Geminid Meteor Shower 13-14 Dec ’12

As you may have noticed already I am a big fan of space, the universe and all that stuff, so tonight I will be looking up at the stars – providing that there isn’t any cloud in the way – attempting to catch a glimpse of some rocks burning up in our atmosphere and possibly taking pictures, which I’ll post if they’re decent.

The Geminid meteor shower will be visible all over the world in all timezones on the 13th (tonight) and early morning on the the 14th, peaking at roughly 2 – 3 am in all timezones, although there may well be more meteors a day or two before and after these dates. In previous years with ideal conditions the annual Geminid shower has produced 120 – 160 meteors per hour, tonight is different though, as Russian scientist Mikhail Maslov has predicted, with the use of computer simulation, that there will also be a secondary meteor shower that will coincide with the already expected meteor shower. The second shower will be caused by debris left behind by Comet 46P/Wirtanen, which will will vaporise on contact with Earth’s atmosphere, potentially adding a further 30 meteors per hour on top of the hundreds produced by the Geminids, making it a very interesting event indeed.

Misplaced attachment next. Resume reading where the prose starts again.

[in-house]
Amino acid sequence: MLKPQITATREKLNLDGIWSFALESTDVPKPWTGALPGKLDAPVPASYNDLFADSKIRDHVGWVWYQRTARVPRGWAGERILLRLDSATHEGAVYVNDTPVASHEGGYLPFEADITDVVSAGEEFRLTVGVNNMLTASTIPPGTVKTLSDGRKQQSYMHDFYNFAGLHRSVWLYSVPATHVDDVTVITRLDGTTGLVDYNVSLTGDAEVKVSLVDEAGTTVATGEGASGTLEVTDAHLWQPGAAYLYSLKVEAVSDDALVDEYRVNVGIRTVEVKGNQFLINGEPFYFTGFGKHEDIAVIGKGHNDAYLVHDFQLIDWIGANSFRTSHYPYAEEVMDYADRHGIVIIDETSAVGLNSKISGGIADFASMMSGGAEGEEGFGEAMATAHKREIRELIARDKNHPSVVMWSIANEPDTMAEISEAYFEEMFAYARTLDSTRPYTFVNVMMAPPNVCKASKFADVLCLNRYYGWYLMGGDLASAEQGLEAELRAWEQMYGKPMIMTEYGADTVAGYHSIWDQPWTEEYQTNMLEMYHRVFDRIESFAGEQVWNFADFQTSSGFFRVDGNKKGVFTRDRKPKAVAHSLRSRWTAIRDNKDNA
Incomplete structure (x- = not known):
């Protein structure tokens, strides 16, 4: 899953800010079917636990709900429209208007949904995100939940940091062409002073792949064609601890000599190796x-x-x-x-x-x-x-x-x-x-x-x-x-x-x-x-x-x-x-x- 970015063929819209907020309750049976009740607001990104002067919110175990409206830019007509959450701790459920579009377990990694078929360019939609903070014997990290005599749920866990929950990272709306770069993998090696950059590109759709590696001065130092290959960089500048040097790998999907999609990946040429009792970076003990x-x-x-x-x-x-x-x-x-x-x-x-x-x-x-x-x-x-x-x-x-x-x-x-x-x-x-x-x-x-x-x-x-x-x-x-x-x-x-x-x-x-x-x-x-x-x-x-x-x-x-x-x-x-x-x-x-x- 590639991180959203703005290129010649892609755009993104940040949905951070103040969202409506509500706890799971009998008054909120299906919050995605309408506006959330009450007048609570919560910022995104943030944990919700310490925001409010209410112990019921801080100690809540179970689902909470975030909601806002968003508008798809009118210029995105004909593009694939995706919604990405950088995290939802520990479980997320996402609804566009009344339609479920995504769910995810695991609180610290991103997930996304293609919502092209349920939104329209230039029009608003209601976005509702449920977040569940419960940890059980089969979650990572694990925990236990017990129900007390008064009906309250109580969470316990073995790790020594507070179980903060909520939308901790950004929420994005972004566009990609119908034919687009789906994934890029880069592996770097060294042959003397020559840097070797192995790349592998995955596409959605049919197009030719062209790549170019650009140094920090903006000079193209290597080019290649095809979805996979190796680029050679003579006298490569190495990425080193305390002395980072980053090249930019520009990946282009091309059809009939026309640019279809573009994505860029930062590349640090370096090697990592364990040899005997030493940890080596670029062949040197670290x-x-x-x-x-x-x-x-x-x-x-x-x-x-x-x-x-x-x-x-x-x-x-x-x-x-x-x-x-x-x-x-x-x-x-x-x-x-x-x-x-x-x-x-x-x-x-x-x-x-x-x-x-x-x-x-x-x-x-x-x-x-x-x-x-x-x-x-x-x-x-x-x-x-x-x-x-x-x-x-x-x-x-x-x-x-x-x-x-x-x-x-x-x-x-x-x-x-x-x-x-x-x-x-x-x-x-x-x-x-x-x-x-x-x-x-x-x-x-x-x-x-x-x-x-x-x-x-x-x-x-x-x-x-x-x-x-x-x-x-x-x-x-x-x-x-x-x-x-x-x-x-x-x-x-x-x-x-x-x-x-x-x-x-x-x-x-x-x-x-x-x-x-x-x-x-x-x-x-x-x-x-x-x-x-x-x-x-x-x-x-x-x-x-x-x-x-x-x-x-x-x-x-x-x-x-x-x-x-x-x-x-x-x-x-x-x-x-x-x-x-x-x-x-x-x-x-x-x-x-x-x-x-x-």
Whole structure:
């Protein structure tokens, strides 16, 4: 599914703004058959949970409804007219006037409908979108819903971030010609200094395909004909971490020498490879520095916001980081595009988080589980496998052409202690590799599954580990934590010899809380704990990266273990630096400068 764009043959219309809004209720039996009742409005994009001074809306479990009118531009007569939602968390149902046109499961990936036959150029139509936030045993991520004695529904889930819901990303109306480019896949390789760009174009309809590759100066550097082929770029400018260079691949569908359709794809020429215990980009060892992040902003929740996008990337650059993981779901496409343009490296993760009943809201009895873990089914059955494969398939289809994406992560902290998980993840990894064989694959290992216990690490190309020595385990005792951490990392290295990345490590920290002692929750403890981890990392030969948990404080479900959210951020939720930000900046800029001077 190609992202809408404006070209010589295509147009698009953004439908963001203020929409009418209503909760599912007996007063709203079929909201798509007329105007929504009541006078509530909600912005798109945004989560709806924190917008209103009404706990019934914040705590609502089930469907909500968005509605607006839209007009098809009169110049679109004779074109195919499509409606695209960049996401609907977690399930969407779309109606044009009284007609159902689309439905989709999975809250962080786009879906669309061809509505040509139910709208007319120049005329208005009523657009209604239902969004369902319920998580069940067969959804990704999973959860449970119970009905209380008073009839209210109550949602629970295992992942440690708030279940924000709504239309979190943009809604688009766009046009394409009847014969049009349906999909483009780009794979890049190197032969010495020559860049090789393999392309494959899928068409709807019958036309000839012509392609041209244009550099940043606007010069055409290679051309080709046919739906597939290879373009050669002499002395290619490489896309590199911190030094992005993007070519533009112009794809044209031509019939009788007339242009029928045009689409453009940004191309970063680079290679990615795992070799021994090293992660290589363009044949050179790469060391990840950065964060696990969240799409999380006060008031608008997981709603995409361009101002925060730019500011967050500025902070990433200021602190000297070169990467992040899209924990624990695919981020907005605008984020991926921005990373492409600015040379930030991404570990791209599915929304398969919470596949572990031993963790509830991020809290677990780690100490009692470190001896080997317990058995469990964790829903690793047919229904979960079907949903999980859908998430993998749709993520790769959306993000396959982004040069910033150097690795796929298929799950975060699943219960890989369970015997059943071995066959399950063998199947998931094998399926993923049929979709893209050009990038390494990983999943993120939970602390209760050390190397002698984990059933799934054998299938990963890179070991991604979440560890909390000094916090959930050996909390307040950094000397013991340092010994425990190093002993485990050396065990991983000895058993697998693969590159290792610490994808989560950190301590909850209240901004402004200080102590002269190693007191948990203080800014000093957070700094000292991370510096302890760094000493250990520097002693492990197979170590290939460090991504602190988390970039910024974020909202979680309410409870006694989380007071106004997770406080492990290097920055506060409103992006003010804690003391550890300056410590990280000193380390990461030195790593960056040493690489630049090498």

Geminid Meteor Shower
© Wally Pacholka, via

If you want to, it is possible to tell the different meteor showers apart by the apparent point in the sky that they materialise from. The Geminids will appear to radiate from the constellation Gemini, from which they gain their name, which will be visible in the east. The radiant point for the new shower however will be the constellation Piscies, which will likely give the new shower the name Piscids, if indeed it does occur. Piscies will be visible in the west when darkness falls and will proceed to descend as Gemini rises in the east, meaning that the meteors will be traveling in different directions across the sky, and Mikhail Maslov also predicts that the Piscids will be travelling slower than the Geminids, giving another possible way to discern the different showers.

The Piscids will be visible in early evening as darkness falls, with the Pisces constellation eventually setting, whereas the Geminids will be more prominent later in the night/early morning local time anywhere in the world, when the constellation Gemini is highest in the sky. It was also predicted that the Earth could pass through the Comet Wirtanen debris trail four times between the 10th and 14th of December, so meteors may also visible on these dates. This will be the last meteor shower of 2012, so it seems fitting that it could be an interesting one.

Geminid Meteor Shower Dec
© Michael Menefee, via
Geminid Meteor Shower '11
© Luis Argerich, via

Read/see more about the Comet Wirtanen on NASA’s Near Earth Orbit Program.
Images via